Background: The number of early syphilis cases in San Francisco has increased steadily from 354 cases in 2007 to 1017 cases in 2013. Network dynamic theory indicates the importance of core groups in sustaining STD epidemics. We used an innovative algorithm to identify sexual networks from routinely collected case data to better understand the epidemiology of recent syphilis cases and explore possible new approaches to disease control.
Methods: All case data are maintained in a single patient-based registry along with all other San Francisco STD screening and surveillance data. All sexual partnerships identified during syphilis and HIV partner services activities in 2013 were analyzed using an iterative algorithm that matched all cases and contacts against all others and enumerated network membership.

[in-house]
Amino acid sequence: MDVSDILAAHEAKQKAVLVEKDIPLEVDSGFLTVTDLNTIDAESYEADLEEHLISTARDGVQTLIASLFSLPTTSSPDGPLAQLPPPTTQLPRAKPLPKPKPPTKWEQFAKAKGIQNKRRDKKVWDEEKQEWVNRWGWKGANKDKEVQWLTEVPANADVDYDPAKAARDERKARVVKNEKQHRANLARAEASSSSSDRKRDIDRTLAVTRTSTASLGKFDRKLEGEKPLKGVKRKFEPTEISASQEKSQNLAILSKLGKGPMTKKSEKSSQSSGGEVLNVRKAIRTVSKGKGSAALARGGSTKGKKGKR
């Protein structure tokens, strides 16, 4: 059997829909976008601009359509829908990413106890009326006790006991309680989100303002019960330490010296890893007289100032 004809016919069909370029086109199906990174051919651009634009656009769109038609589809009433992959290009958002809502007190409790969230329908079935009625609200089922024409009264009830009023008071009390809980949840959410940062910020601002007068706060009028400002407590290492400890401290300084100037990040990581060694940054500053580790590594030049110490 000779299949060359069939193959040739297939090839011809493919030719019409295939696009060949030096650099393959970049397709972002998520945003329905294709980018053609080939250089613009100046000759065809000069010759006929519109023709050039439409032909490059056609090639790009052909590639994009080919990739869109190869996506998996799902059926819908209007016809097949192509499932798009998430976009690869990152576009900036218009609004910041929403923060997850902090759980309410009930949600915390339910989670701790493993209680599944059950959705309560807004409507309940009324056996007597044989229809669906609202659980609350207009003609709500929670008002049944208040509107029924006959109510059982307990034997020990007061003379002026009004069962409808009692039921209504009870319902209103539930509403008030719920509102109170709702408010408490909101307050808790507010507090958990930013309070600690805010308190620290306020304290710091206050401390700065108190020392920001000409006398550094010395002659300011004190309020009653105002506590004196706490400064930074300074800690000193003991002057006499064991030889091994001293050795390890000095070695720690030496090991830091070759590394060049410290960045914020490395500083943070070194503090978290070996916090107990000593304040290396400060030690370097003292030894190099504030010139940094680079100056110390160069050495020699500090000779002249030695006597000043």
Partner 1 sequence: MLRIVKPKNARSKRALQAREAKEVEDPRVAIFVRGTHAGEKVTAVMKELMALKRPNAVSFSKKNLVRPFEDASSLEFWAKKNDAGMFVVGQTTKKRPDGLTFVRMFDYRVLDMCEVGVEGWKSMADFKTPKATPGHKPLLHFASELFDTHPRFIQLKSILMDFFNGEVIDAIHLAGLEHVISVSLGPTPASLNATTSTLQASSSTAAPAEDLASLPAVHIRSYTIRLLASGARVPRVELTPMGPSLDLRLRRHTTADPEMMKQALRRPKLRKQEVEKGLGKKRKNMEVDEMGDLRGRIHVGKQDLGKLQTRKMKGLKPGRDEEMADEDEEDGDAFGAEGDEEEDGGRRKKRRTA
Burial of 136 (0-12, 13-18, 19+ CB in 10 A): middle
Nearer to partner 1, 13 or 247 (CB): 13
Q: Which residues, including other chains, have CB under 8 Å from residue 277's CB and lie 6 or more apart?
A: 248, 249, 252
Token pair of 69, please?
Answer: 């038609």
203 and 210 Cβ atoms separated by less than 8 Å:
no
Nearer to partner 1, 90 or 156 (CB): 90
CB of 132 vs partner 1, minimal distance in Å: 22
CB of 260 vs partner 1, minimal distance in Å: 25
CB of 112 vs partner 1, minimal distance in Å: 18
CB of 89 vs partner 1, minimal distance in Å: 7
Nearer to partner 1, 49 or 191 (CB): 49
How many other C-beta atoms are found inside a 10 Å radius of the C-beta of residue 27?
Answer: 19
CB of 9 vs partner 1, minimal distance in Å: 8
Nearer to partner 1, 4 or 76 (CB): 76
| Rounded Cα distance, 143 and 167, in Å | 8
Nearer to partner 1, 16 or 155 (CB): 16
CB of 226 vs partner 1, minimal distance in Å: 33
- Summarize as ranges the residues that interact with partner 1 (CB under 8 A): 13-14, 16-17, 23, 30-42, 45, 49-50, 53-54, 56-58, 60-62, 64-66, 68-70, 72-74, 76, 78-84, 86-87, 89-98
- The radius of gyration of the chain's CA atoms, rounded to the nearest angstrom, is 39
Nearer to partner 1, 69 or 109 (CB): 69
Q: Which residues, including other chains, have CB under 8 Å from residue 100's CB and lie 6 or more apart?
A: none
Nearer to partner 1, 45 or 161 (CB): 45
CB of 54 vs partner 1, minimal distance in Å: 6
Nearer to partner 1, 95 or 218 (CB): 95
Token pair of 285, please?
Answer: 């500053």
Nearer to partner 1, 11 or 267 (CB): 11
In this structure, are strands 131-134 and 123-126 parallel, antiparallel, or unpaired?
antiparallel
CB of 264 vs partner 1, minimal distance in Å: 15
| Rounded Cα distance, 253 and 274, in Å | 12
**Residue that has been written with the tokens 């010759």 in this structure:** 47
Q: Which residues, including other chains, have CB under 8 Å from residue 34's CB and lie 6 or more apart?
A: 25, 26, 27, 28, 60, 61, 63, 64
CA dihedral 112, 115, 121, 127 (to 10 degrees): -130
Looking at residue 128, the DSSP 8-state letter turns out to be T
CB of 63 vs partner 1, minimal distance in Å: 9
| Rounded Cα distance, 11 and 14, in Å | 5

Results: A total of 286 networks were identified. Of these, 229 (80 percent) consisted of only 2 or 3 individuals. Eleven (11) networks of 10 or more clients were identified, including a network of 435 individuals. Clients in this "mega-network" were more likely to be HIV-positive (P <0.001 from Chi-square) and to have had more cases of syphilis in the past (p<0.0001 from ANOVA) than clients in other networks or cases in no network at all. Cases in the mega-network had been filed in 69 different "lots" of syphilis cases during the year.
Conclusions: There were many more connections between clients than we had found by reviewing cases one at a time. Further analysis of network data may reveal ways to reach core groups and prevent infection and further disease transmission. Using the network algorithm on new cases and newly named partners may help us prioritize work and to identify connections between cases that are not readily apparent.